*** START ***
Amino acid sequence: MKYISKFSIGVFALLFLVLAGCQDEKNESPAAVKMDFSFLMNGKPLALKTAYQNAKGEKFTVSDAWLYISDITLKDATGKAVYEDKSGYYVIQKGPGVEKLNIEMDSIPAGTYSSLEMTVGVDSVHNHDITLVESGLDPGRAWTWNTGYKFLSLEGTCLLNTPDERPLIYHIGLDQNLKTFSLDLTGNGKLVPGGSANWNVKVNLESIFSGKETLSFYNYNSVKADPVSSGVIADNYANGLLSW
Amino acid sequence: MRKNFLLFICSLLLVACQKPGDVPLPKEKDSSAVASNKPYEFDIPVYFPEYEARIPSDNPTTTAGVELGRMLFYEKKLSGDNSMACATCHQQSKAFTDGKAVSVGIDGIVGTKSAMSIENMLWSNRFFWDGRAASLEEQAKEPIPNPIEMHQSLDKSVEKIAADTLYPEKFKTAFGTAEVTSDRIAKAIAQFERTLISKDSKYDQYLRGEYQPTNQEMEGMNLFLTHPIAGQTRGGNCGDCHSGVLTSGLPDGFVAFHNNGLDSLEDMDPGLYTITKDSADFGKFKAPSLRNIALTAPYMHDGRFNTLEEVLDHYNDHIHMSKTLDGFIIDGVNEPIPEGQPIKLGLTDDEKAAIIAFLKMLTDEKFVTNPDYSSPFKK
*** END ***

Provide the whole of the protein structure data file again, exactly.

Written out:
Amino acid sequence: MKYISKFSIGVFALLFLVLAGCQDEKNESPAAVKMDFSFLMNGKPLALKTAYQNAKGEKFTVSDAWLYISDITLKDATGKAVYEDKSGYYVIQKGPGVEKLNIEMDSIPAGTYSSLEMTVGVDSVHNHDITLVESGLDPGRAWTWNTGYKFLSLEGTCLLNTPDERPLIYHIGLDQNLKTFSLDLTGNGKLVPGGSANWNVKVNLESIFSGKETLSFYNYNSVKADPVSSGVIADNYANGLLSW
Amino acid sequence: MRKNFLLFICSLLLVACQKPGDVPLPKEKDSSAVASNKPYEFDIPVYFPEYEARIPSDNPTTTAGVELGRMLFYEKKLSGDNSMACATCHQQSKAFTDGKAVSVGIDGIVGTKSAMSIENMLWSNRFFWDGRAASLEEQAKEPIPNPIEMHQSLDKSVEKIAADTLYPEKFKTAFGTAEVTSDRIAKAIAQFERTLISKDSKYDQYLRGEYQPTNQEMEGMNLFLTHPIAGQTRGGNCGDCHSGVLTSGLPDGFVAFHNNGLDSLEDMDPGLYTITKDSADFGKFKAPSLRNIALTAPYMHDGRFNTLEEVLDHYNDHIHMSKTLDGFIIDGVNEPIPEGQPIKLGLTDDEKAAIIAFLKMLTDEKFVTNPDYSSPFKK